The story of the Athenian Golden Age by one of the world's pre-eminent classical historians.
The Golden Age of ancient Greek city-state civilization lasted from 490 to 336 BC, the period between the first wars against Persia and Carthage and the accession of Alexander the Great. Never has there been such a multiplication of talents and genius within so limited a period and Michael Grant captures this astonishing civilization at the height of its powers.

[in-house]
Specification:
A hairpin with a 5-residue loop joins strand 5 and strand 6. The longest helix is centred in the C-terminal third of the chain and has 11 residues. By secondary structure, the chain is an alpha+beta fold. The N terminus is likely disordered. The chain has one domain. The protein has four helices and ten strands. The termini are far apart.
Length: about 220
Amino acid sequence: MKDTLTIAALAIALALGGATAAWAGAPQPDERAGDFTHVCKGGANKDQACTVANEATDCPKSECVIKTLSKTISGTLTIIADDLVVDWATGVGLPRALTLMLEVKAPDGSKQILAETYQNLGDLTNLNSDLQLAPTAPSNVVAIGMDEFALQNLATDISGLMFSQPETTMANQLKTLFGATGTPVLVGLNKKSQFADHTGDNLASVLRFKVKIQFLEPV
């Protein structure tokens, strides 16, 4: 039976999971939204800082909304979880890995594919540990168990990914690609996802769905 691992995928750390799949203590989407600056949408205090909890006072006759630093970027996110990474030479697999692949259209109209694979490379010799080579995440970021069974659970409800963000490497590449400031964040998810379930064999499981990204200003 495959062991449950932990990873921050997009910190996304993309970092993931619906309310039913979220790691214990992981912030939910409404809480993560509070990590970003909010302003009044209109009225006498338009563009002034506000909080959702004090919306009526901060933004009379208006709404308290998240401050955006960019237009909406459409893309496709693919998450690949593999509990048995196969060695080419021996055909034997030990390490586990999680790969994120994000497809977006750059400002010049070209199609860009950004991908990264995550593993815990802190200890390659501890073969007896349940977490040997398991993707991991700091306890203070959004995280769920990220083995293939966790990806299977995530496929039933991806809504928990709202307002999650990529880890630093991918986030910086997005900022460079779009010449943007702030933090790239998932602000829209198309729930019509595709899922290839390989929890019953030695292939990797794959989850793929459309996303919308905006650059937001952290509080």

Grant blows the dust off our time-worn images of the classical Greeks. He comments on the playwright Euripides: ``His characters have become all too familiar to modern psychologists.'' And on Herodotus: ``Viewed as a writer, not as a historian, he is nothing short of a genius.'' This is no ordinary chronicle. Grant avoids overemphasis on the Greek mainland (and on Athens in particular), giving us instead the cultural contributions of a medley of city-states in the Greek empire. Then too, he believes that the Greeks' major achievements ``were mainly the work of less than 40 outstanding men.'' Some of these are readily familiar--Socrates, Aristophanes, etc.--others less so, like Archytas of Taras, who combined in one person the roles of general, political leader, mathematician, Pythagorean philosopher and student of acoustics. This wonderfully readable history falls chronologically between Grant's The Rise of the Greeks and From Alexander to Cleopatra. Illustrated.